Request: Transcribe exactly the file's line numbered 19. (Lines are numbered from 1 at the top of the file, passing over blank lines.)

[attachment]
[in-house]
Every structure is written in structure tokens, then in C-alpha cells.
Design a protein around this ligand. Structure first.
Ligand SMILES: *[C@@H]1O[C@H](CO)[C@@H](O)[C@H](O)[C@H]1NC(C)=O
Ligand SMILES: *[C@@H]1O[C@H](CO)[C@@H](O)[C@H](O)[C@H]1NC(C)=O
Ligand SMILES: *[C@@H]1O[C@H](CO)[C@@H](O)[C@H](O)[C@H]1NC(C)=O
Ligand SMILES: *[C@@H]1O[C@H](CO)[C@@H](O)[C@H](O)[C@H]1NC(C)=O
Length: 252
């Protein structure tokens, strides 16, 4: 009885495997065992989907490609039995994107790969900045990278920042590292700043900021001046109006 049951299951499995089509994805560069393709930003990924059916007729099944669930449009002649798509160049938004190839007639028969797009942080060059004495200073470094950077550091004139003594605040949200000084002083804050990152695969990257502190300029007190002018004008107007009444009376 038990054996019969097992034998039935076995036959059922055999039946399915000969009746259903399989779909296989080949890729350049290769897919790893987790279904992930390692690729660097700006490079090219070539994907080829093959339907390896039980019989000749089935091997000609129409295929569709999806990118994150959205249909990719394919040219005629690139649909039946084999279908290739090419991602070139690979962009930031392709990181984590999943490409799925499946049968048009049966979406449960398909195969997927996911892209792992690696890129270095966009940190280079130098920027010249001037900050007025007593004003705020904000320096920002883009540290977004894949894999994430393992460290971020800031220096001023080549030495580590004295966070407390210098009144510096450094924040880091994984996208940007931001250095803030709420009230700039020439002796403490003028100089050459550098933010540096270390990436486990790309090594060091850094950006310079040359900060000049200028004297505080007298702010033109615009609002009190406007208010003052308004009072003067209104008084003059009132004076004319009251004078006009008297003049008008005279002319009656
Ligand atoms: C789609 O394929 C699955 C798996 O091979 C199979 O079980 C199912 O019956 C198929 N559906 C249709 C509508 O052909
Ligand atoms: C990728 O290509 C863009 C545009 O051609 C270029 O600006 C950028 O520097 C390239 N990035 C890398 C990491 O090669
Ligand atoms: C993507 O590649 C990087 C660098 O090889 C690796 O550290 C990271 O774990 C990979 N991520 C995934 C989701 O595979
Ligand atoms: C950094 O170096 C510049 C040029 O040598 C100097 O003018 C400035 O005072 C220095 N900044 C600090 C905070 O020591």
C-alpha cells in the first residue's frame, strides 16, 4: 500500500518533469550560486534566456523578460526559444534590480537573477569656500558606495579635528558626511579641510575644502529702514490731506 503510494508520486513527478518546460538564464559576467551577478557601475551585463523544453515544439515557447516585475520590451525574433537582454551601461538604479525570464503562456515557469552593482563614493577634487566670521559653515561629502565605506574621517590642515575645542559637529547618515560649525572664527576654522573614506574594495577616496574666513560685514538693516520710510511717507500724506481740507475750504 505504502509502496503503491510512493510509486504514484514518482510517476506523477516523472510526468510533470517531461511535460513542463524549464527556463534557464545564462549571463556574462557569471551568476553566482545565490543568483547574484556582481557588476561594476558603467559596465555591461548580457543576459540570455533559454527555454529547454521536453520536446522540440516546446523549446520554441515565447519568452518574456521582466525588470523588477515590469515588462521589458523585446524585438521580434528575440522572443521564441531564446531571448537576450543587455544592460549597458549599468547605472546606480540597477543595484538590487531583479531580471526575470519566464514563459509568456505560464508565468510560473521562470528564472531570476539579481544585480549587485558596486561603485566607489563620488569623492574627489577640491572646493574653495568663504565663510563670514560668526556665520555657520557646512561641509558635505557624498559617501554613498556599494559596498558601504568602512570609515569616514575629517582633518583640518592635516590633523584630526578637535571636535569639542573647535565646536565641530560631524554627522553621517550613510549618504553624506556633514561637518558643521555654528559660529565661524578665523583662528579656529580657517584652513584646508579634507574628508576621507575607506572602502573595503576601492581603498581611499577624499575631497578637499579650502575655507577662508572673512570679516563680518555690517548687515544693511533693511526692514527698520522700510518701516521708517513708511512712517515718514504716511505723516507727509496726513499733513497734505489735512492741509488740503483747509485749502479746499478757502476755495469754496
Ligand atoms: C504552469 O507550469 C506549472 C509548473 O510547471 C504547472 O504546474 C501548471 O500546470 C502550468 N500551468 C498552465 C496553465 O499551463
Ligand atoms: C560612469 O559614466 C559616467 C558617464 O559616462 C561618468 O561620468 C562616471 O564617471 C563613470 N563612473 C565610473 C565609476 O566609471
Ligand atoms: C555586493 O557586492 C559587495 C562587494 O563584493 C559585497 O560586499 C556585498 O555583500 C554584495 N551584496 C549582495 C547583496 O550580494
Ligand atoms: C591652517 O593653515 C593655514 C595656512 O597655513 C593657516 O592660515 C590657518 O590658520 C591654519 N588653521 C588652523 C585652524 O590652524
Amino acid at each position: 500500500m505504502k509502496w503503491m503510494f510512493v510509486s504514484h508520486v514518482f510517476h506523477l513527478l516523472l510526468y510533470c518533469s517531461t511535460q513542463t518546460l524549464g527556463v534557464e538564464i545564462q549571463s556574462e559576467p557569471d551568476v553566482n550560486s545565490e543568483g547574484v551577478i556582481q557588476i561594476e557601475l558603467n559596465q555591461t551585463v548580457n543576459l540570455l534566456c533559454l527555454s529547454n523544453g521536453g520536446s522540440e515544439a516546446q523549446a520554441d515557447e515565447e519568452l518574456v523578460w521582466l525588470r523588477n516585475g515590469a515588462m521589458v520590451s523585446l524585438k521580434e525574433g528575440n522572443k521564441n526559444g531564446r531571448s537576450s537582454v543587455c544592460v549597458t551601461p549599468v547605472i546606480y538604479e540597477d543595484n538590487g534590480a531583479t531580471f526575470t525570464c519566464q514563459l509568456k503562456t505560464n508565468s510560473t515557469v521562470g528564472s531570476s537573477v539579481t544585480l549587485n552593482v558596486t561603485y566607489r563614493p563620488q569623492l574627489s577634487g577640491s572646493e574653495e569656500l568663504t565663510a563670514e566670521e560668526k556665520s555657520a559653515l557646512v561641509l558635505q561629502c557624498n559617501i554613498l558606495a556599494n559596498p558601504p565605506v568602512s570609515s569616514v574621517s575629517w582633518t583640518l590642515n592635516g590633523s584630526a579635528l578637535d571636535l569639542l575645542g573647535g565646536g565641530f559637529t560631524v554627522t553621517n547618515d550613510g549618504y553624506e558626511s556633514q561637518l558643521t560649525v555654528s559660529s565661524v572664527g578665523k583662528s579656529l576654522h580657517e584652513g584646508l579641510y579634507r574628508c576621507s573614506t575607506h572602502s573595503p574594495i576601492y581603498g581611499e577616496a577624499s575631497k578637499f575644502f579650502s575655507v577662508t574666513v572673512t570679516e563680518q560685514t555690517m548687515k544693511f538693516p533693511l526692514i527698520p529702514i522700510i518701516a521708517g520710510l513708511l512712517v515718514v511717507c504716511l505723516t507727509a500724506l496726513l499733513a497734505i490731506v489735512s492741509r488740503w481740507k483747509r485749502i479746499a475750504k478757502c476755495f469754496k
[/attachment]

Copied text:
Amino acid at each position: 500500500m505504502k509502496w503503491m503510494f510512493v510509486s504514484h508520486v514518482f510517476h506523477l513527478l516523472l510526468y510533470c518533469s517531461t511535460q513542463t518546460l524549464g527556463v534557464e538564464i545564462q549571463s556574462e559576467p557569471d551568476v553566482n550560486s545565490e543568483g547574484v551577478i556582481q557588476i561594476e557601475l558603467n559596465q555591461t551585463v548580457n543576459l540570455l534566456c533559454l527555454s529547454n523544453g521536453g520536446s522540440e515544439a516546446q523549446a520554441d515557447e515565447e519568452l518574456v523578460w521582466l525588470r523588477n516585475g515590469a515588462m521589458v520590451s523585446l524585438k521580434e525574433g528575440n522572443k521564441n526559444g531564446r531571448s537576450s537582454v543587455c544592460v549597458t551601461p549599468v547605472i546606480y538604479e540597477d543595484n538590487g534590480a531583479t531580471f526575470t525570464c519566464q514563459l509568456k503562456t505560464n508565468s510560473t515557469v521562470g528564472s531570476s537573477v539579481t544585480l549587485n552593482v558596486t561603485y566607489r563614493p563620488q569623492l574627489s577634487g577640491s572646493e574653495e569656500l568663504t565663510a563670514e566670521e560668526k556665520s555657520a559653515l557646512v561641509l558635505q561629502c557624498n559617501i554613498l558606495a556599494n559596498p558601504p565605506v568602512s570609515s569616514v574621517s575629517w582633518t583640518l590642515n592635516g590633523s584630526a579635528l578637535d571636535l569639542l575645542g573647535g565646536g565641530f559637529t560631524v554627522t553621517n547618515d550613510g549618504y553624506e558626511s556633514q561637518l558643521t560649525v555654528s559660529s565661524v572664527g578665523k583662528s579656529l576654522h580657517e584652513g584646508l579641510y579634507r574628508c576621507s573614506t575607506h572602502s573595503p574594495i576601492y581603498g581611499e577616496a577624499s575631497k578637499f575644502f579650502s575655507v577662508t574666513v572673512t570679516e563680518q560685514t555690517m548687515k544693511f538693516p533693511l526692514i527698520p529702514i522700510i518701516a521708517g520710510l513708511l512712517v515718514v511717507c504716511l505723516t507727509a500724506l496726513l499733513a497734505i490731506v489735512s492741509r488740503w481740507k483747509r485749502i479746499a475750504k478757502c476755495f469754496k